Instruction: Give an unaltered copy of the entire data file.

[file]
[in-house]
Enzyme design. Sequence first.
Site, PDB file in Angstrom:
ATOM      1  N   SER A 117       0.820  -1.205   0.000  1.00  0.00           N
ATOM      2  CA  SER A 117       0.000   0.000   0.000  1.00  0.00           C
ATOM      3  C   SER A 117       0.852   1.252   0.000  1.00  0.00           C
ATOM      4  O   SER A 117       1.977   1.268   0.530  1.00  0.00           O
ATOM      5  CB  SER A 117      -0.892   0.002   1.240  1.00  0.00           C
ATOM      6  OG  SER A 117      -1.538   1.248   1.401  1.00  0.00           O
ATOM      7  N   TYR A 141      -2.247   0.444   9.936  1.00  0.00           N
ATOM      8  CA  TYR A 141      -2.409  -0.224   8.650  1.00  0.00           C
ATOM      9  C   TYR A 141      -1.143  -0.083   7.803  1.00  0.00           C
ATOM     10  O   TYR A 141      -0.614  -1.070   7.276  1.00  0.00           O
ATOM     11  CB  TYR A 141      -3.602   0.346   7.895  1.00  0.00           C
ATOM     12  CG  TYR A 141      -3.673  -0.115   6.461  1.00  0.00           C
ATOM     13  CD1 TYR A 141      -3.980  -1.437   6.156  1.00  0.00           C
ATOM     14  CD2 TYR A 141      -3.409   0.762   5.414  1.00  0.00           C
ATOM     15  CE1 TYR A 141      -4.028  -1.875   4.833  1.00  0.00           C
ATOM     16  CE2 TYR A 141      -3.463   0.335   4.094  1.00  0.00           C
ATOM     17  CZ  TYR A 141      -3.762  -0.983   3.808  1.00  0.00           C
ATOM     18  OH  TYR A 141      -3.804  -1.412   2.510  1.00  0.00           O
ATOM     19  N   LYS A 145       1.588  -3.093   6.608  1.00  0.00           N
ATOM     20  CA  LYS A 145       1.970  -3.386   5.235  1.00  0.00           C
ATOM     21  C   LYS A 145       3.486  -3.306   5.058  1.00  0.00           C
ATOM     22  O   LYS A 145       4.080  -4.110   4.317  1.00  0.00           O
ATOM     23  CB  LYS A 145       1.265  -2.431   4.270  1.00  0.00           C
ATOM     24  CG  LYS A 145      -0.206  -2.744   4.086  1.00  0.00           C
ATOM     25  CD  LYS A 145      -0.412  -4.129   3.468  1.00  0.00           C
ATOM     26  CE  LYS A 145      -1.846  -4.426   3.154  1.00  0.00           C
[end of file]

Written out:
[in-house]
Enzyme design. Sequence first.
Site, PDB file in Angstrom:
ATOM      1  N   SER A 117       0.820  -1.205   0.000  1.00  0.00           N
ATOM      2  CA  SER A 117       0.000   0.000   0.000  1.00  0.00           C
ATOM      3  C   SER A 117       0.852   1.252   0.000  1.00  0.00           C
ATOM      4  O   SER A 117       1.977   1.268   0.530  1.00  0.00           O
ATOM      5  CB  SER A 117      -0.892   0.002   1.240  1.00  0.00           C
ATOM      6  OG  SER A 117      -1.538   1.248   1.401  1.00  0.00           O
ATOM      7  N   TYR A 141      -2.247   0.444   9.936  1.00  0.00           N
ATOM      8  CA  TYR A 141      -2.409  -0.224   8.650  1.00  0.00           C
ATOM      9  C   TYR A 141      -1.143  -0.083   7.803  1.00  0.00           C
ATOM     10  O   TYR A 141      -0.614  -1.070   7.276  1.00  0.00           O
ATOM     11  CB  TYR A 141      -3.602   0.346   7.895  1.00  0.00           C
ATOM     12  CG  TYR A 141      -3.673  -0.115   6.461  1.00  0.00           C
ATOM     13  CD1 TYR A 141      -3.980  -1.437   6.156  1.00  0.00           C
ATOM     14  CD2 TYR A 141      -3.409   0.762   5.414  1.00  0.00           C
ATOM     15  CE1 TYR A 141      -4.028  -1.875   4.833  1.00  0.00           C
ATOM     16  CE2 TYR A 141      -3.463   0.335   4.094  1.00  0.00           C
ATOM     17  CZ  TYR A 141      -3.762  -0.983   3.808  1.00  0.00           C
ATOM     18  OH  TYR A 141      -3.804  -1.412   2.510  1.00  0.00           O
ATOM     19  N   LYS A 145       1.588  -3.093   6.608  1.00  0.00           N
ATOM     20  CA  LYS A 145       1.970  -3.386   5.235  1.00  0.00           C
ATOM     21  C   LYS A 145       3.486  -3.306   5.058  1.00  0.00           C
ATOM     22  O   LYS A 145       4.080  -4.110   4.317  1.00  0.00           O
ATOM     23  CB  LYS A 145       1.265  -2.431   4.270  1.00  0.00           C
ATOM     24  CG  LYS A 145      -0.206  -2.744   4.086  1.00  0.00           C
ATOM     25  CD  LYS A 145      -0.412  -4.129   3.468  1.00  0.00           C
ATOM     26  CE  LYS A 145      -1.846  -4.426   3.154  1.00  0.00           C